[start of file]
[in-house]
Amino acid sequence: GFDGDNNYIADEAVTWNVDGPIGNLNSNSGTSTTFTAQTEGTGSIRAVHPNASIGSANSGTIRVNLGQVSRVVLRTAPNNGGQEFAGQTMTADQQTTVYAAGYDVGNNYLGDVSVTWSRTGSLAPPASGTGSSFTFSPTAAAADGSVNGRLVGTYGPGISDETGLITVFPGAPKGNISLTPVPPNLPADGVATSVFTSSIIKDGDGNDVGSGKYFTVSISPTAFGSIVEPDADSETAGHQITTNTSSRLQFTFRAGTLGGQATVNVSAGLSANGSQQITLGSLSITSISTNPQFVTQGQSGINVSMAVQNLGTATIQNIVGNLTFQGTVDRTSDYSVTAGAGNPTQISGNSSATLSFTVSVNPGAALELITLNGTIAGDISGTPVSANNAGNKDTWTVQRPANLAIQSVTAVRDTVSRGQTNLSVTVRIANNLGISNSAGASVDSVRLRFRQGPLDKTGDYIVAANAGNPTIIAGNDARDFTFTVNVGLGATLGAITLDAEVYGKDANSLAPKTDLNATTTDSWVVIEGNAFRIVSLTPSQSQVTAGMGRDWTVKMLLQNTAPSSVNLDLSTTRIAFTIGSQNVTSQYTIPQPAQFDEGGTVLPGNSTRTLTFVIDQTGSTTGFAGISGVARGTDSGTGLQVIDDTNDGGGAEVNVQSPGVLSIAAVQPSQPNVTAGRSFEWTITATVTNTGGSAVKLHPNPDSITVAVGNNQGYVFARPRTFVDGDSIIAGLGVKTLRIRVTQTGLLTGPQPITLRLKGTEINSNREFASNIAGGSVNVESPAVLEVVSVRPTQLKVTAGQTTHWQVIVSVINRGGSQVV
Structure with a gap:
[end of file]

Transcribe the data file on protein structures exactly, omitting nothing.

[in-house]
Amino acid sequence: GFDGDNNYIADEAVTWNVDGPIGNLNSNSGTSTTFTAQTEGTGSIRAVHPNASIGSANSGTIRVNLGQVSRVVLRTAPNNGGQEFAGQTMTADQQTTVYAAGYDVGNNYLGDVSVTWSRTGSLAPPASGTGSSFTFSPTAAAADGSVNGRLVGTYGPGISDETGLITVFPGAPKGNISLTPVPPNLPADGVATSVFTSSIIKDGDGNDVGSGKYFTVSISPTAFGSIVEPDADSETAGHQITTNTSSRLQFTFRAGTLGGQATVNVSAGLSANGSQQITLGSLSITSISTNPQFVTQGQSGINVSMAVQNLGTATIQNIVGNLTFQGTVDRTSDYSVTAGAGNPTQISGNSSATLSFTVSVNPGAALELITLNGTIAGDISGTPVSANNAGNKDTWTVQRPANLAIQSVTAVRDTVSRGQTNLSVTVRIANNLGISNSAGASVDSVRLRFRQGPLDKTGDYIVAANAGNPTIIAGNDARDFTFTVNVGLGATLGAITLDAEVYGKDANSLAPKTDLNATTTDSWVVIEGNAFRIVSLTPSQSQVTAGMGRDWTVKMLLQNTAPSSVNLDLSTTRIAFTIGSQNVTSQYTIPQPAQFDEGGTVLPGNSTRTLTFVIDQTGSTTGFAGISGVARGTDSGTGLQVIDDTNDGGGAEVNVQSPGVLSIAAVQPSQPNVTAGRSFEWTITATVTNTGGSAVKLHPNPDSITVAVGNNQGYVFARPRTFVDGDSIIAGLGVKTLRIRVTQTGLLTGPQPITLRLKGTEINSNREFASNIAGGSVNVESPAVLEVVSVRPTQLKVTAGQTTHWQVIVSVINRGGSQVV
Structure with a gap: